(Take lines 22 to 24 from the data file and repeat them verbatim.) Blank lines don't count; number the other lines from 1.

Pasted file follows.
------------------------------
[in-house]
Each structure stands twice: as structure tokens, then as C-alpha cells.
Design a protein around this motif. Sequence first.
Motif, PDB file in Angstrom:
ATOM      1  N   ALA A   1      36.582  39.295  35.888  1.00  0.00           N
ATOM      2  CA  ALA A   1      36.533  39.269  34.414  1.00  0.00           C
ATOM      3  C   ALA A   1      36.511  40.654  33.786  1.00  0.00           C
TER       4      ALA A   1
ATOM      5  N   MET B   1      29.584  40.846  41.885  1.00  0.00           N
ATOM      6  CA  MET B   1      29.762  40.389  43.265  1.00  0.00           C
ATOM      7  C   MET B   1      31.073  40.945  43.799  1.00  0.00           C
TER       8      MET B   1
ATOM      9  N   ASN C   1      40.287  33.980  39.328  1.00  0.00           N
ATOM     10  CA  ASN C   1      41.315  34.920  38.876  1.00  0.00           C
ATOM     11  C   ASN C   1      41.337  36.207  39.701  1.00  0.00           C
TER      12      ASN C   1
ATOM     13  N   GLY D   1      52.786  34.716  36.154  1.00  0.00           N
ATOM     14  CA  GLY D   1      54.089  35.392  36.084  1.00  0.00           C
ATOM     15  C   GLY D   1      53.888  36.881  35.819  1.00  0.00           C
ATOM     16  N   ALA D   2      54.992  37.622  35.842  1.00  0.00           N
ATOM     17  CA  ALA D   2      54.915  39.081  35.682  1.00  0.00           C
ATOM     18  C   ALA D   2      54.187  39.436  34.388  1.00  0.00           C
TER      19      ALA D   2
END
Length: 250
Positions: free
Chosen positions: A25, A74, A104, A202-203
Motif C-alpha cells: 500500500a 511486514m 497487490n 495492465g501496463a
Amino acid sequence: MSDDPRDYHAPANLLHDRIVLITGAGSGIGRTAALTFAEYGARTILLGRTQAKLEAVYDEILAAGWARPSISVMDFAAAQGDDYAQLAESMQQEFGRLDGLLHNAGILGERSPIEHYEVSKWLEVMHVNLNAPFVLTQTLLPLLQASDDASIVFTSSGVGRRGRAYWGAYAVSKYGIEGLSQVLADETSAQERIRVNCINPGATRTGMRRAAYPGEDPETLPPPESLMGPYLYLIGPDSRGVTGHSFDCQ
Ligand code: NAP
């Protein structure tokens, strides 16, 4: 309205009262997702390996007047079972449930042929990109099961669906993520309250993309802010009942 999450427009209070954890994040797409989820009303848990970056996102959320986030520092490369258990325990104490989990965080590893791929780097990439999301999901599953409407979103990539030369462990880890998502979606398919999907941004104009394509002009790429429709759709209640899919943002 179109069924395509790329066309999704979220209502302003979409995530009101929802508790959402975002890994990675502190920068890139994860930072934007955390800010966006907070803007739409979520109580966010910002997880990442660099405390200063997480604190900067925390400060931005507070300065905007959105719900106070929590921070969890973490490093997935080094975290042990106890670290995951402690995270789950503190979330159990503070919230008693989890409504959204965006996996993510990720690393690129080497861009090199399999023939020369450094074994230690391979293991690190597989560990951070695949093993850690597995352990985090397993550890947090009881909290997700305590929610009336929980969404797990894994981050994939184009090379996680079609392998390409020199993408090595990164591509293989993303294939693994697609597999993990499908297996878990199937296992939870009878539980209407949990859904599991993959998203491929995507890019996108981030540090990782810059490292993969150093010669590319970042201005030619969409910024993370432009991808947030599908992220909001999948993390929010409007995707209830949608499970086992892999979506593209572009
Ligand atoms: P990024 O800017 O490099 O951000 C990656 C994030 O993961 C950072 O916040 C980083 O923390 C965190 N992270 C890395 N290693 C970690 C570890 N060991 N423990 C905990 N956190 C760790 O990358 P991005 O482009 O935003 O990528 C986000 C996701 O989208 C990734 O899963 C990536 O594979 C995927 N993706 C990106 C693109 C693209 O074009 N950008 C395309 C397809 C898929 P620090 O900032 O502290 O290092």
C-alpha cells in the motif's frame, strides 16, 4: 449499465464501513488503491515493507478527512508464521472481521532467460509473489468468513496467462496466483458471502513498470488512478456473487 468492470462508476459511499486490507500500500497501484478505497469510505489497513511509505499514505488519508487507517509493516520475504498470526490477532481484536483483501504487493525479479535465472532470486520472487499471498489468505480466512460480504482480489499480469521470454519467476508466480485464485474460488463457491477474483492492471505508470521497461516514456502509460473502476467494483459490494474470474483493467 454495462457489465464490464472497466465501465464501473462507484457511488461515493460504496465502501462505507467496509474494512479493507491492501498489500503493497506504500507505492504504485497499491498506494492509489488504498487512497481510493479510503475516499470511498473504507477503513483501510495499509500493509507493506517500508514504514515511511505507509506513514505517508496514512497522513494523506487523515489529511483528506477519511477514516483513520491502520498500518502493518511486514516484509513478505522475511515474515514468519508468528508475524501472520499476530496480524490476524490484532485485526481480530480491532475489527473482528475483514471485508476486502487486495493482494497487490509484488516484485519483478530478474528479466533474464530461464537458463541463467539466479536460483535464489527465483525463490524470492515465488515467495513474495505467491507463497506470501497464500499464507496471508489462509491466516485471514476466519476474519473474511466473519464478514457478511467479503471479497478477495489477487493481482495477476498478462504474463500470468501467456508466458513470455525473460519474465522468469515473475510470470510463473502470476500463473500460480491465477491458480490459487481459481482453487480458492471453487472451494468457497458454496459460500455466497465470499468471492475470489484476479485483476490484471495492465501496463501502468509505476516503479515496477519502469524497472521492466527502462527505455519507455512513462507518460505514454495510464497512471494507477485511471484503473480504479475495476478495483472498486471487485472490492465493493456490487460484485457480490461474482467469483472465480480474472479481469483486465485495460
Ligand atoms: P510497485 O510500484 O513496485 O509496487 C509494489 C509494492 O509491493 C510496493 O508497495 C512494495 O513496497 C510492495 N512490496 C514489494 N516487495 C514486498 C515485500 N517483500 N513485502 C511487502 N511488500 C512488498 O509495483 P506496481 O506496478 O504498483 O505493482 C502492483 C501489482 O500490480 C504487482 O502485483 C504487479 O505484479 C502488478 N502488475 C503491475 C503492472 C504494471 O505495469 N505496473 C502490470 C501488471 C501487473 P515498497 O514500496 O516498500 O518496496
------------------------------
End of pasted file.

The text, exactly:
ATOM     18  C   ALA D   2      54.187  39.436  34.388  1.00  0.00           C
TER      19      ALA D   2
END